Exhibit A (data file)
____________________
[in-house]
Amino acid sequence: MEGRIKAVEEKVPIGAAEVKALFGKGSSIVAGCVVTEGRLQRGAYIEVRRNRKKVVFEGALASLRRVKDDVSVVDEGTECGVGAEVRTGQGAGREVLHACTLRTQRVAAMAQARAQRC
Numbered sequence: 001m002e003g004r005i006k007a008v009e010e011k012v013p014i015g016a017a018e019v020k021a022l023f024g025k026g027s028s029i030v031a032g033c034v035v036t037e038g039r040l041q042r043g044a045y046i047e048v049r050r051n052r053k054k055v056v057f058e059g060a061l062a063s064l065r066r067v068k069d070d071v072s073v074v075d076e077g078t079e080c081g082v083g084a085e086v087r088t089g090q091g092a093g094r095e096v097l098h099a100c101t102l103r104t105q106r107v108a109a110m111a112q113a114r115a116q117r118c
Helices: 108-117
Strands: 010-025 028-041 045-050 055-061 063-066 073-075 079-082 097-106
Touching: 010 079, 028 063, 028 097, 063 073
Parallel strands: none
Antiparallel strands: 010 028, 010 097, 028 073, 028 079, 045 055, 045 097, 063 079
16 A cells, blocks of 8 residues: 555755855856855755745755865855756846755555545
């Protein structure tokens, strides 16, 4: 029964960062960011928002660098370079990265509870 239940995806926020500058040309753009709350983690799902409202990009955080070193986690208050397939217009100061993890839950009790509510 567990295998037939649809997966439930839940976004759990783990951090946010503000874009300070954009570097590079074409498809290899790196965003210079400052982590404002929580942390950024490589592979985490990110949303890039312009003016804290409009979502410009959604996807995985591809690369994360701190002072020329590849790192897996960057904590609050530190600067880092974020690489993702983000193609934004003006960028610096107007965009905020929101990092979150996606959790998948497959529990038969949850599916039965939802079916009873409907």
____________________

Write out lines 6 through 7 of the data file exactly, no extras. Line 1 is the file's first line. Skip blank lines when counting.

Touching: 010 079, 028 063, 028 097, 063 073
Parallel strands: none